No. 259.
Mr. Dayton to Mr. Frelinghuysen .

No. 18.]

Sir: The King returned to the Hague yesterday, and to-day went in great state to the hall of the Second House, where, in the presence of the diplomatic corps and high officials of the kingdom, he opened the new session of the States General.

I inclose a copy of the King’s address in the Dutch language, with a French translation furnished to me officially; also an English translation.

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The loss of the monitor Adder and its crew, to which the address refers, occurred in July last. It left Ymuiden to go to Helvoetsluis. Some days afterwards the bodies of its pilot and several of the crew were found not far from Scheveningen. The crew and officers numbered over sixty. The vessel itself was after considerable search discovered keel up, at the bottom of the sea, about a mile and a half off the coast northwest of Scheveningen. It was last reported in that locality, and although the weather it encountered was rough, it was not very severe, and would not alone, without some defect in the build of the vessel or seamanship of its officers, seem to explain its loss. The cause of it is being sought for, and the whole matter investigated by the Dutch authorities.

The reference in the address to the condition of affairs in Atjih is probably caused, in part at least, by the news just received that the Atcheans have lately (August 7th instant) attacked the Dutch forces at or near Payon, causing a loss to them of 44 killed and wounded out of a force engaged of 140. Among the wounded were 2 officers. Eleven, killed, fell into the hands of the enemy. It appears that during the past year in Atjih the Dutch have lost in guerilla warfare 140 killed and wounded.

The recent law, by which 30 per cent, of the expenses of the public schools in the kingdom is to be paid out of the general treasury, has made an unusual demand upon its funds, which may in part explain the necessity of an increase of the state revenues.

The statement that propositions relative to the elective franchise would be submitted to the States General is no doubt the result of the constant efforts for an extension of that right made by the liberal party in Holland.

I am, sir, &c.,

[Inclosure in No. 318.—Translation.]

address from the throne.

Sirs: It is agreeable to me to see the representatives of the Netherlands people again reassembled.

My relations with foreign powers are of the most friendly nature.

The navy and army have acquitted themselves, in their important duties, with a zeal worthy of praise.

The navy has suffered a deplorable loss in the foundering of the monitor Adder with its crew.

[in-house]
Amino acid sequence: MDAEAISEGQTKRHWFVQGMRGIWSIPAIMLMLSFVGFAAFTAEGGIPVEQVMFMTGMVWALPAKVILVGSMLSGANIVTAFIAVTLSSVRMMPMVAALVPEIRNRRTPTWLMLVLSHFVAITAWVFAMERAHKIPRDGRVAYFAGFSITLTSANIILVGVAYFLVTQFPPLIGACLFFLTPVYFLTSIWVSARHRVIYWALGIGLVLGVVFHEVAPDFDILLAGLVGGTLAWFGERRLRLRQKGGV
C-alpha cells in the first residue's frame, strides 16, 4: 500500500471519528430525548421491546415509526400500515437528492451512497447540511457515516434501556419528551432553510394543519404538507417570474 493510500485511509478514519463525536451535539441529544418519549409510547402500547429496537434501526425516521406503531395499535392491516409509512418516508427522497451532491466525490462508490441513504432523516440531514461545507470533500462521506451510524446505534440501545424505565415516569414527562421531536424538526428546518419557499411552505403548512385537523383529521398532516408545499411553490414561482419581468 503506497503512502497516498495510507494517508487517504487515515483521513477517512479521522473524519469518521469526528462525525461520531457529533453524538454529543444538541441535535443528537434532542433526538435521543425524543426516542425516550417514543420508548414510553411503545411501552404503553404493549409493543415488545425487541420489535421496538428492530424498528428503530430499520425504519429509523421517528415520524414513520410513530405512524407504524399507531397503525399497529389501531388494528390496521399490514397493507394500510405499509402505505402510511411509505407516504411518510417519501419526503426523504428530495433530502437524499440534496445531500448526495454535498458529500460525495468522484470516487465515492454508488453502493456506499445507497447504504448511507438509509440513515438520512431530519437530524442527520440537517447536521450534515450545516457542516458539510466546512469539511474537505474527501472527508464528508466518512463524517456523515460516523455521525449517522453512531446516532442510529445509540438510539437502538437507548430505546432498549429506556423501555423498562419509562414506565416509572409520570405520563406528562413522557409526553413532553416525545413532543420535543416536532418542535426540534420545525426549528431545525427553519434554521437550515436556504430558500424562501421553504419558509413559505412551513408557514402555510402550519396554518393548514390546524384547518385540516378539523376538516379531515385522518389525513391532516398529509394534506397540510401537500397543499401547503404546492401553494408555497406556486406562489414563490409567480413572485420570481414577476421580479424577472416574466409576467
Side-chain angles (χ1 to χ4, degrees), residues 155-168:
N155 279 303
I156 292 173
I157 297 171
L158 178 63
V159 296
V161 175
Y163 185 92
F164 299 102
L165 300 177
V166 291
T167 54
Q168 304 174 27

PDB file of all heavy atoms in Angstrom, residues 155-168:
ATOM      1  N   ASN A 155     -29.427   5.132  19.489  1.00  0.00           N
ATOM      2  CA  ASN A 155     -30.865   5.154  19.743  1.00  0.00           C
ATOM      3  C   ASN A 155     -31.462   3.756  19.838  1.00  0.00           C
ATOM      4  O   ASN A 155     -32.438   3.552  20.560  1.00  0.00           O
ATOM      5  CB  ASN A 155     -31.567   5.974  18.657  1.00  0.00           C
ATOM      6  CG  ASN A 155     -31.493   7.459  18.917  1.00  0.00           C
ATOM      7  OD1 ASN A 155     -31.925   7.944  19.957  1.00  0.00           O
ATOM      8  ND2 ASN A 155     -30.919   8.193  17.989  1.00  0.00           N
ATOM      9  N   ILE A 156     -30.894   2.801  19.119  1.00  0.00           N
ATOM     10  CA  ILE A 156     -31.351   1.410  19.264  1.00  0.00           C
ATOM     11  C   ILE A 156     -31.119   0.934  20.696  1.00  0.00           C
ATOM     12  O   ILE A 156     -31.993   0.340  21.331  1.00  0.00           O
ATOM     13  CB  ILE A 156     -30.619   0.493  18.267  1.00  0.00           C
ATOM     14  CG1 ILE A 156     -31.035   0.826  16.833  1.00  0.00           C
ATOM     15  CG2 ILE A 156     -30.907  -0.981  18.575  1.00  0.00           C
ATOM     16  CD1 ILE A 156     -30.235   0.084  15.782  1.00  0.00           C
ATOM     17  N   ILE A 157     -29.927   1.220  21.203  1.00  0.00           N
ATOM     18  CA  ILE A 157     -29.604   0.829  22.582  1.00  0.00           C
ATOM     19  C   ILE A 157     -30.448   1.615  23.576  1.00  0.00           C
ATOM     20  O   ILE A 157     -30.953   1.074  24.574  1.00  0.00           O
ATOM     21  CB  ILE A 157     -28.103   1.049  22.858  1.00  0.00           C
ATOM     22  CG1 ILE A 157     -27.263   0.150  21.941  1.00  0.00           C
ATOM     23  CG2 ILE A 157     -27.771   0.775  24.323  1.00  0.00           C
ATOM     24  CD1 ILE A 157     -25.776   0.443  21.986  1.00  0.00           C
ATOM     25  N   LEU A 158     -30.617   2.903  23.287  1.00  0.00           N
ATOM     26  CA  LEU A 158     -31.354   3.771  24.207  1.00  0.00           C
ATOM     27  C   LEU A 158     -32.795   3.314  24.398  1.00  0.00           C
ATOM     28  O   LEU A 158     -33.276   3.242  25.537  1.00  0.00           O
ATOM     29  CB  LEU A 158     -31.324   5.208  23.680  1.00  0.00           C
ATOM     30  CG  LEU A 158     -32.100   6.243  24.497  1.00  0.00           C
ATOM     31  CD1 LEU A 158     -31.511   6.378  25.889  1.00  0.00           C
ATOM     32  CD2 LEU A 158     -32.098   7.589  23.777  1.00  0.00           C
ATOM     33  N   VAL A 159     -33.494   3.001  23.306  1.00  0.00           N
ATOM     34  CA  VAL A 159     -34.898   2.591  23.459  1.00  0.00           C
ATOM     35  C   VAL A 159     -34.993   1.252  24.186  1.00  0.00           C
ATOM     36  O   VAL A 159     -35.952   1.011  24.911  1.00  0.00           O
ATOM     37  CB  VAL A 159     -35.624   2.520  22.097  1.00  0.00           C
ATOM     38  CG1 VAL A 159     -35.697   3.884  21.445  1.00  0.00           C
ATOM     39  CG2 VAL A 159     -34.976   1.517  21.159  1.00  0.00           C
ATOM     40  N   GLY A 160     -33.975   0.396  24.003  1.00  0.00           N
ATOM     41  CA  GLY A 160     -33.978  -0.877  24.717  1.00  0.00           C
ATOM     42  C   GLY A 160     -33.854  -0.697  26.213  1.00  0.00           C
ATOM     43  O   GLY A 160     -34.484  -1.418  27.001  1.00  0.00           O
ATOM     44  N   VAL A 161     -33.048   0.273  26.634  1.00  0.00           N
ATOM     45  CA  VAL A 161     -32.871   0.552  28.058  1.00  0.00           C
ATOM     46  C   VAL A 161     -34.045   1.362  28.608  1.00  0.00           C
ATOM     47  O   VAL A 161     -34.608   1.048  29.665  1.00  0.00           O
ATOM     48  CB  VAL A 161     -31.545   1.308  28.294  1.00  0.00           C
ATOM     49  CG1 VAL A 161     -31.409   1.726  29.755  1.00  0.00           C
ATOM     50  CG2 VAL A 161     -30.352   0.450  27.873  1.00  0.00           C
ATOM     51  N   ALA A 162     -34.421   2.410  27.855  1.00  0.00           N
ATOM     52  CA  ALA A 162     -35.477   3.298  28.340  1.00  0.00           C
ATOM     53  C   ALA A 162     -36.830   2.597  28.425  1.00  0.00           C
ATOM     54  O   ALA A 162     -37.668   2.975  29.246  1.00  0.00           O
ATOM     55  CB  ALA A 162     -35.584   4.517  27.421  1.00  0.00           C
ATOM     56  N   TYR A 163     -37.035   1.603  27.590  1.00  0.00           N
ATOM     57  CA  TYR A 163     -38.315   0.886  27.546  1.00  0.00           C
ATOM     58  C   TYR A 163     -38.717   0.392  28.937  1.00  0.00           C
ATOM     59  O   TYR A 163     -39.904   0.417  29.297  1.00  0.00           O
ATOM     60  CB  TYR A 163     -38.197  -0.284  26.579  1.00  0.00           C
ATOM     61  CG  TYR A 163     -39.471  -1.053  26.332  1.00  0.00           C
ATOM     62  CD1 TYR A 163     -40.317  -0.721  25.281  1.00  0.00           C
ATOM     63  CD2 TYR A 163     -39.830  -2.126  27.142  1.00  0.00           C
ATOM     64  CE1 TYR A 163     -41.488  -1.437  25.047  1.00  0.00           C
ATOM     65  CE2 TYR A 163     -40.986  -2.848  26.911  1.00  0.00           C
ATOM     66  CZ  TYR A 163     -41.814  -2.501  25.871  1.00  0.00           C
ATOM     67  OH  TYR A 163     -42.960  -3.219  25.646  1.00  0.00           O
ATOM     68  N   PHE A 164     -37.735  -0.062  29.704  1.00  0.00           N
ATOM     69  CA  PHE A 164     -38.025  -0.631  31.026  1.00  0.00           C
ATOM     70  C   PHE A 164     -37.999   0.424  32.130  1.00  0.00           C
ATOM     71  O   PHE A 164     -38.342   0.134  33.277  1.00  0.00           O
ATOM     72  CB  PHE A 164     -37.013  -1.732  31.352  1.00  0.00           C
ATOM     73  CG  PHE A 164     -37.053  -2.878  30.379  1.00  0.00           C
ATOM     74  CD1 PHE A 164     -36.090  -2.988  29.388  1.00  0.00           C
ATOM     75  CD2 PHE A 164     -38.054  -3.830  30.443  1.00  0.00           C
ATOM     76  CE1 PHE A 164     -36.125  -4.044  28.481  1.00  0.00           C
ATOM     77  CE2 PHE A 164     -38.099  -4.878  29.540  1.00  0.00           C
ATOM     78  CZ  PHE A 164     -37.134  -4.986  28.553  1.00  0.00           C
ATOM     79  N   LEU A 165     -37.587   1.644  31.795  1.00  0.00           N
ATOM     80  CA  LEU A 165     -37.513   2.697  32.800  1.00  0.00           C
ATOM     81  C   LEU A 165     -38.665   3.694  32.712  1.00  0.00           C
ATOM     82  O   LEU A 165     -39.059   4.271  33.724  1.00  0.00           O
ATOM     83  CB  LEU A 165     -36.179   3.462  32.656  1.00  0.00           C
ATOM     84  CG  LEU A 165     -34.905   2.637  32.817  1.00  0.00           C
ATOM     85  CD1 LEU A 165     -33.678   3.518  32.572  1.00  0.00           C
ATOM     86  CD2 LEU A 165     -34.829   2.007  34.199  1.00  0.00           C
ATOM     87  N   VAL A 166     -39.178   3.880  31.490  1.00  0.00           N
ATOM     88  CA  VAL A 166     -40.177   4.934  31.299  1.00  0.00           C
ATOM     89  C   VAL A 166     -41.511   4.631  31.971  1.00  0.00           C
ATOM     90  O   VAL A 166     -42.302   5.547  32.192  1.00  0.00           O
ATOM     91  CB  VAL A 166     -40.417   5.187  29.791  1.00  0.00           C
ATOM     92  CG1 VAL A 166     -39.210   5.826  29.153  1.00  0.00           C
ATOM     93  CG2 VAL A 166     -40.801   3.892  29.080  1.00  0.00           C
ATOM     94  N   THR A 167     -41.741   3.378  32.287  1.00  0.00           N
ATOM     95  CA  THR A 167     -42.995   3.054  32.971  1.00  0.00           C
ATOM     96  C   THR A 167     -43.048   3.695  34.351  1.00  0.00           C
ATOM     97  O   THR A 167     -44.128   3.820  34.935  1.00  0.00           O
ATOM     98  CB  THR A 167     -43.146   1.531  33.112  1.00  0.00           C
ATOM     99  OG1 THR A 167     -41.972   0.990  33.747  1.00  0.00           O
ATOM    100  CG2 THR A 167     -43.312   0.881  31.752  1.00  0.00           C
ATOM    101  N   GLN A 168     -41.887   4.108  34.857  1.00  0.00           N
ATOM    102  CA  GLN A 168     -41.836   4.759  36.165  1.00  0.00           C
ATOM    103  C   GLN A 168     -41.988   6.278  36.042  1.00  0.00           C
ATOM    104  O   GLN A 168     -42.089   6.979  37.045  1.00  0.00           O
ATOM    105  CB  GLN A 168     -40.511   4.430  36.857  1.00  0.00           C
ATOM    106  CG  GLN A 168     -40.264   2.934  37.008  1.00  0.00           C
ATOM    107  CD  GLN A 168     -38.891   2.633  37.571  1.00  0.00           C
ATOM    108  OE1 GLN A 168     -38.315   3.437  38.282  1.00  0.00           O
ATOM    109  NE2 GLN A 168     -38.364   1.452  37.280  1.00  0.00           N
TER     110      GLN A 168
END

I shall trust to see passed in the course of the present session all the legal measures required in order that our new penal legislation may go into effect.

Although the state of affairs in Atjih is not all that could be desired, I have confidence that the administration of that province with the aid of the navy and army will be able more and more to confirm authority and cause security to reign.

In the other parts of the Netherland Indies the condition of affairs in general is matter of satisfaction.

The epidemics which have afflicted some portions of the population have not yet entirely ceased. The ravages of cattle diseases have nearly come to an end.

The state of the colonies in the West Indies may be considered satisfactory.

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Although there is reason to congratulate ourselves upon the increase of the state’s receipts of late years, an augmentation of the sources of revenue cannot longer be deferred. At the same time, there ought to be a general reformation of our taxes. A proposition tending to accomplish this reform will be presented to you.

A better regulation of local taxation seems more and more necessary. For this purpose, in connection with the revision of the fiscal system of the state, your co-operation will be asked.

A project for the modification of the law concerning higher school education is in course of preparation.

Propositions relative to the elective franchise will reach you soon.

It is my intention to cause an examination to be made as to what articles of the fundamental law it is important should be revised.

Your deliberations upon important projects of laws presented to you in former sessions are awaited with a natural interest.

May our united efforts, under the indispensable blessing of God, contribute to the happiness of our dear country.

I declare the session of the States General to be opened.